Chat with us, powered by LiveChat

This website uses cookies

Our website, platform and/or any sub domains use cookies to understand how you use our services, and to improve both your experience and our marketing relevance.

Ryan Weaver talks about the PHP Community, PHP Conferences, PHP 7 and PAAS

February 11, 2016

6 Min Read
Reading Time: 6 minutes

Ryan Weaver, a strong contributor of open source, is the founder of KnpLabs US. He is a Symfony evangelist and the producer of Symfony and PHP video tutorials at KnpLabs.

Moreover, he is the core author of Symfony 2 documentation. He is also an excellent speaker and shares his knowledge through PHP conferences as well. Ryan is a passionate programmer who writes unit tests first.

Ryan Weaver Interview

Ryan is the biggest contributor of Symfony2 official documentation. He is one of the core Symfony team members. I enjoyed taking the interview and I am sure you are going to enjoy reading it as well.

Cloudways: Ryan, it’s an honor for us to have you today for this interview. Let’s tell our audience about you. How did you start your journey? How did you enter the PHP field?

Ryan: Ha! Why does anyone start in PHP or programming? Because I wanted to make some static, boring text on the web change when I refresh! Once upon a time, I had a dream of making a computer parts store online. I only knew about HTML and so went about trying to create a VBscript that would read from a data source and physically write out new HTML files and links to those files. Well guess what: that’s exactly what PHP is famous for doing. Once I could start making a web site dynamic, I was hooked.

Cloudways: You work as US office head and trainer in knplabs. Tell our audience more about your job role. On which projects are you working lately?

Ryan: I teach, and I love it! I was once a terrible programmer…and well, hopefully I’m not so terrible now :). Through the work of great teachers – especially in the Symfony world – I was able to find a rewarding career (and I get to work with my wife, Leanna!). With KnpUniversity, we’re trying to make useful technology accessible to (and fun for) as many people as possible. My trainings involve 100% hands-on coding, and our challenge is to take that interactive experience and transform it for the web.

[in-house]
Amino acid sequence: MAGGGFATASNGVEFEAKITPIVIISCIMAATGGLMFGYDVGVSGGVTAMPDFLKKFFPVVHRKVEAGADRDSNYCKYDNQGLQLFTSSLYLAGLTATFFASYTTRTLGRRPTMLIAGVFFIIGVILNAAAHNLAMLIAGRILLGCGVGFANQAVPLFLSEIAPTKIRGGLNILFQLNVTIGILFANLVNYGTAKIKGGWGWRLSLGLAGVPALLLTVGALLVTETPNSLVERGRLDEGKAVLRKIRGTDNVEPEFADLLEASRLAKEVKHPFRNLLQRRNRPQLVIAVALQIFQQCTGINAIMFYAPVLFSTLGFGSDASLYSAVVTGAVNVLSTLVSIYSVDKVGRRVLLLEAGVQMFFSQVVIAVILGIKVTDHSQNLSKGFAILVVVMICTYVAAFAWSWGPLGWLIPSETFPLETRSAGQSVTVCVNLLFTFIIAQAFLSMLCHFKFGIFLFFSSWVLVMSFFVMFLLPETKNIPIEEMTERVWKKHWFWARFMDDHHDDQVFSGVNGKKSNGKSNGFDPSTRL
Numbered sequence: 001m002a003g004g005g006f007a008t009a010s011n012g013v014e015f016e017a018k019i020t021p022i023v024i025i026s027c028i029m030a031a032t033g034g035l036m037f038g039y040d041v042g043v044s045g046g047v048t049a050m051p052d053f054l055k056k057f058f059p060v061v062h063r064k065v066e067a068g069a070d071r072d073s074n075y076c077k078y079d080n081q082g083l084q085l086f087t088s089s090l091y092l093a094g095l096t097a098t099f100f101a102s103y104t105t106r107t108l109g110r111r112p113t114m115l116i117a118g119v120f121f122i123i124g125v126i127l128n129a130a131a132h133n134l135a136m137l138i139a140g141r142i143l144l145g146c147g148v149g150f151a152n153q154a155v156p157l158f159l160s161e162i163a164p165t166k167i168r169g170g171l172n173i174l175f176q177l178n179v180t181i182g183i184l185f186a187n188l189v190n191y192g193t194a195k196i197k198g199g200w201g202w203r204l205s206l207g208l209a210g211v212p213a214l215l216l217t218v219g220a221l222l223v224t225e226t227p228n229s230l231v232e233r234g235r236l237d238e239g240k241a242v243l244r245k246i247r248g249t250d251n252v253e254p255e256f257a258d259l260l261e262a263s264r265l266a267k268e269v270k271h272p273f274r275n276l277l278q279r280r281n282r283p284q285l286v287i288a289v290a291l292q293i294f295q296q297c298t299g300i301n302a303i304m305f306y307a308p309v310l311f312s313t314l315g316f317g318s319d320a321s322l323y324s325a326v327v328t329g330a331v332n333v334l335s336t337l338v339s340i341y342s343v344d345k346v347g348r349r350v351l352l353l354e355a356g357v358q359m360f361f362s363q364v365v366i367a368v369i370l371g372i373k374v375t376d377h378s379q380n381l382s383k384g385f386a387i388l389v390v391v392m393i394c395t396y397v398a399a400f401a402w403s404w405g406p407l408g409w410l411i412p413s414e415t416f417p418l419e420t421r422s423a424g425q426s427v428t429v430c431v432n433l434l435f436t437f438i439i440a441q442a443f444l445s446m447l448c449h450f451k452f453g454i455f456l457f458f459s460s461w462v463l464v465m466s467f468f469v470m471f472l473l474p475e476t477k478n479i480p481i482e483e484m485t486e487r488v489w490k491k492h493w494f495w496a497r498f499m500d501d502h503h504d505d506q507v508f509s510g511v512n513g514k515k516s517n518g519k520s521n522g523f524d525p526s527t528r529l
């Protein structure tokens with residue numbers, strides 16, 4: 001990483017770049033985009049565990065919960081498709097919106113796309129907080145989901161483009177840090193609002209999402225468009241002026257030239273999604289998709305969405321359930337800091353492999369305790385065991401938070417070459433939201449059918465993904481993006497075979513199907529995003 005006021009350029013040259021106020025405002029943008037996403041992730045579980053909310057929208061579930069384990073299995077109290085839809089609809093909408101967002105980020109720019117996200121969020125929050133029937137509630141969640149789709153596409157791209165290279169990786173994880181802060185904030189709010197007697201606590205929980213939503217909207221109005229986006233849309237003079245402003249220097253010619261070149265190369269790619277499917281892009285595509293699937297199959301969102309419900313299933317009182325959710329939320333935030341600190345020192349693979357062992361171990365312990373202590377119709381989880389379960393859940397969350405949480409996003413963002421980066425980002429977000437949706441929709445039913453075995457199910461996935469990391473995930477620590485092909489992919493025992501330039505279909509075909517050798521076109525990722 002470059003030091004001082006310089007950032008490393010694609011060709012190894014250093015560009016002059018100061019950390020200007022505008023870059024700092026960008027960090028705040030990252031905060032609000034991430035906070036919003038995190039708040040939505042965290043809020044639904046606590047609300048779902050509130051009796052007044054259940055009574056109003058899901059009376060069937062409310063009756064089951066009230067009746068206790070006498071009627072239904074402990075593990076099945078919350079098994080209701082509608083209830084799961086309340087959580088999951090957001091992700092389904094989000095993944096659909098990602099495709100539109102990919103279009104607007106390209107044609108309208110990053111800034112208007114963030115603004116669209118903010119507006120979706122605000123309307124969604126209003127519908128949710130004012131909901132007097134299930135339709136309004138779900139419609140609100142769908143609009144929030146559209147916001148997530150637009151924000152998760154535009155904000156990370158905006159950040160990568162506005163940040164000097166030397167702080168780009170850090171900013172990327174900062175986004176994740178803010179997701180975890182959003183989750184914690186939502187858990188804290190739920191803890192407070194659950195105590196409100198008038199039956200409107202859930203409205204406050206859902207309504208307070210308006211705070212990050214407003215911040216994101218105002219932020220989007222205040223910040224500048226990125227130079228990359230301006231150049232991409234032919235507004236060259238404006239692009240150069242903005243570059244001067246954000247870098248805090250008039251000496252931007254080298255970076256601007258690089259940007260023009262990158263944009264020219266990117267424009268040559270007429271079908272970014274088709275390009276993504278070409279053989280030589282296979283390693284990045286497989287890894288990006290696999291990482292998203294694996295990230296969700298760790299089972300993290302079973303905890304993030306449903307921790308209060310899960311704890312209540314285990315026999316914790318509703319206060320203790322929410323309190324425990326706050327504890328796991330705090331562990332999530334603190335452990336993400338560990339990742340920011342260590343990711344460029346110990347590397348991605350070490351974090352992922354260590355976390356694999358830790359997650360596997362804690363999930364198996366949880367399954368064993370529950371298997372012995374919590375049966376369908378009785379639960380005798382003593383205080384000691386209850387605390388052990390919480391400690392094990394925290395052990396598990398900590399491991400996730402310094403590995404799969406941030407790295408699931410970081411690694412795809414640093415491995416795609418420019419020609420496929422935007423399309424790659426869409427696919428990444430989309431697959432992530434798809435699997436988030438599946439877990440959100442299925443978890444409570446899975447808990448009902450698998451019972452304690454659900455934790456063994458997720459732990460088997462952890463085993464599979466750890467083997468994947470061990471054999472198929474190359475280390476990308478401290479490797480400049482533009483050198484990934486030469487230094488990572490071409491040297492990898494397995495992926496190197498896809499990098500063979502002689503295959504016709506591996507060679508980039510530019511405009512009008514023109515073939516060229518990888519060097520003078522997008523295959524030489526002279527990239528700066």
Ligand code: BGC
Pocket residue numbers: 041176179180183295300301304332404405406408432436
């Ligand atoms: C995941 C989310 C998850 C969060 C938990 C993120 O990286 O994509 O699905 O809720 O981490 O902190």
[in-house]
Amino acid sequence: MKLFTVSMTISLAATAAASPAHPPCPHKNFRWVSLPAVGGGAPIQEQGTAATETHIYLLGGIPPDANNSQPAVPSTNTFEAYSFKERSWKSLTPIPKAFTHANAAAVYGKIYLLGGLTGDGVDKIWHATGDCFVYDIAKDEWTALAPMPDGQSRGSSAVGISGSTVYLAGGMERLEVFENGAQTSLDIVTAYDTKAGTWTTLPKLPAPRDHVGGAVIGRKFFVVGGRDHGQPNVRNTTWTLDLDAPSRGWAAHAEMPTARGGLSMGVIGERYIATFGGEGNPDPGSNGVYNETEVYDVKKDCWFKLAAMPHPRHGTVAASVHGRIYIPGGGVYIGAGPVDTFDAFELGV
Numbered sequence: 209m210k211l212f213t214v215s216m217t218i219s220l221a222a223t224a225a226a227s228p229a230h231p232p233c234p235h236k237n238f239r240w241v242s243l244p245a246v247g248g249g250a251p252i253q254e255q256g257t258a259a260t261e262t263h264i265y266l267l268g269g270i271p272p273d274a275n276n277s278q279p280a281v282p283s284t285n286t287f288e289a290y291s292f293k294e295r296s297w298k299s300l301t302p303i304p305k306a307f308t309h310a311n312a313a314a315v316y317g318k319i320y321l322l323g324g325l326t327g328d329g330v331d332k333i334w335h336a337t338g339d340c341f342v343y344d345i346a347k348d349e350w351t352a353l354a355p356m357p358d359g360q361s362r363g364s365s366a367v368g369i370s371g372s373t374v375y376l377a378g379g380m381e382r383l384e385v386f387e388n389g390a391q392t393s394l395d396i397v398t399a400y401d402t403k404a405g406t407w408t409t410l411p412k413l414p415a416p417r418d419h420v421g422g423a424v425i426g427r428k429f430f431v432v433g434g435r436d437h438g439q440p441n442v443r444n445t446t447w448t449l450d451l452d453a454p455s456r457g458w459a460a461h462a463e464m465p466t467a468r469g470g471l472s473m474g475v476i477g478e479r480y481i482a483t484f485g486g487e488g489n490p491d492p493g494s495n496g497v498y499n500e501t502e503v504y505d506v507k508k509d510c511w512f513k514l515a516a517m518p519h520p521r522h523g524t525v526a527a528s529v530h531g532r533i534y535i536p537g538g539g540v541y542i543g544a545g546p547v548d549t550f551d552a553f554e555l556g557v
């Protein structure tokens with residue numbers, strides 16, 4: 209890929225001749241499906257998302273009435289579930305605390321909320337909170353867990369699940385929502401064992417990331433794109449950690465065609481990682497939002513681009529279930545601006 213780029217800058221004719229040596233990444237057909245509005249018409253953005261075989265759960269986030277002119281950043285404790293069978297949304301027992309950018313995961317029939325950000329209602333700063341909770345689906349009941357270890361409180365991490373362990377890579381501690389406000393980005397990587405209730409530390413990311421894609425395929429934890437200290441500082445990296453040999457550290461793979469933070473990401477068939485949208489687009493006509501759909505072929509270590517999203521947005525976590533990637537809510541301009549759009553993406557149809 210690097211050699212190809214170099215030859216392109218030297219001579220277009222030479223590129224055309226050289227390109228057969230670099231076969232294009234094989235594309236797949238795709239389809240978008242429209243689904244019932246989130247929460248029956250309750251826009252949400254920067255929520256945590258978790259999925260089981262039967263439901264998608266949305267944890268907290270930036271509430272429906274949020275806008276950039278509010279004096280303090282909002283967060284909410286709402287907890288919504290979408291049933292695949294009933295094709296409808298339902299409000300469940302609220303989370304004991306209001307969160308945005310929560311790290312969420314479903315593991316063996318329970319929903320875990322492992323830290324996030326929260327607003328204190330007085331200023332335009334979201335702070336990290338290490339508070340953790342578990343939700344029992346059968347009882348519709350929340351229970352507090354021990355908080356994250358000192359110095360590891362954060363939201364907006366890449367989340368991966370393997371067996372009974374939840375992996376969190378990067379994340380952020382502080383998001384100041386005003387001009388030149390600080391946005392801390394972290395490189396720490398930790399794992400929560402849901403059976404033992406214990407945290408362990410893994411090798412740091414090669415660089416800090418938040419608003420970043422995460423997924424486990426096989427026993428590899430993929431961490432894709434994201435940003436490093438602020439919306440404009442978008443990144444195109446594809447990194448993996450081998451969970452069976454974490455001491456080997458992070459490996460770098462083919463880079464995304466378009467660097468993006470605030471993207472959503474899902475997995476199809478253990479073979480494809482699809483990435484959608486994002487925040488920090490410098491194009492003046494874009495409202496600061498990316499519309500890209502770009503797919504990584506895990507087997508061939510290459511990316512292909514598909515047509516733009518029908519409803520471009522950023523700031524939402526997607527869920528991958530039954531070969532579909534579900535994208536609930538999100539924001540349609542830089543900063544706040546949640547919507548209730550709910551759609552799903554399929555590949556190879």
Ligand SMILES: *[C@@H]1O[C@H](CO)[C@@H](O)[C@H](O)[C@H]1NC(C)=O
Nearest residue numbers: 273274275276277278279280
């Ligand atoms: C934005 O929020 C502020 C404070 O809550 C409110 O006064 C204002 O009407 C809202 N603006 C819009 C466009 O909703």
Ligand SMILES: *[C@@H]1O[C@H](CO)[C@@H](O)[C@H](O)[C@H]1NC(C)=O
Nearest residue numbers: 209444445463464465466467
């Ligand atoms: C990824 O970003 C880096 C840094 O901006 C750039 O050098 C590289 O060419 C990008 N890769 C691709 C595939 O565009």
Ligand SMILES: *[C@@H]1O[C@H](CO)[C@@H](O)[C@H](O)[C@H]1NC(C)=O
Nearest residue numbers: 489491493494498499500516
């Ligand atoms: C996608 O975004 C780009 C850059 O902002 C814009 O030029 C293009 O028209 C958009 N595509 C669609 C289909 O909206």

Cloudways: According to your profile, you have been teaching Symfony framework. How do you see the future of Symfony in the presence of so many frameworks?

Ryan: I joke that I’m a Laravel and Drupal 8 expert…even though I’ve never built a site in either. But it’s true! And it’s a game-changer. The days of being a “Framework X” developer are fading away and being replaced with “PHP” developers. A big part of that is Composer, but another huge part is the fact that a lot of the low-level problems are consistently solved by Symfony and some other libraries (e.g. Monolog).

But the future of Symfony? There are two things I’ll say. First, Symfony just did something amazing from 2.x to 3.0 regarding *not* breaking your project and actually *warning* you of changes you needed to make to be forwards-compatible. I’ve given an entire presentation on this, but the point is this: there’s now a model (and tooling) in PHP where any project can innovate while also giving their users an upgrade path. I really hope that catches on.

Second, now that Symfony is in so many things, our challenge is to continue innovating and stay agile. This is something we talk a lot about in the Symfony core, and while we don’t have it solved yet, there is a tremendous amount of energy that wants to keep pushing forward.

Cloudways: You have been teaching for many years. What would you like to recommend students regarding PHP web development learning?

Ryan: KnpUniversity, of course :). But also, most developers use a framework, and that’s great. But as you’re learning, just remember that any library is a tool. If what you need to accomplish is just too complicated with a tool, feel free to *not* use it. Eventually, you’ll learn more – but be pragmatic and keep your wins going. For example, if you’re writing some super-tough query in Doctrine and can’t figure it out, make a raw SQL query. It’s ok. We have wonderful tools in PHP – don’t let them kill you ;).

Cloudways: You are also the author of Symfony 2 documentation.  Recently, Symfony 3 was released. How do you see this major update?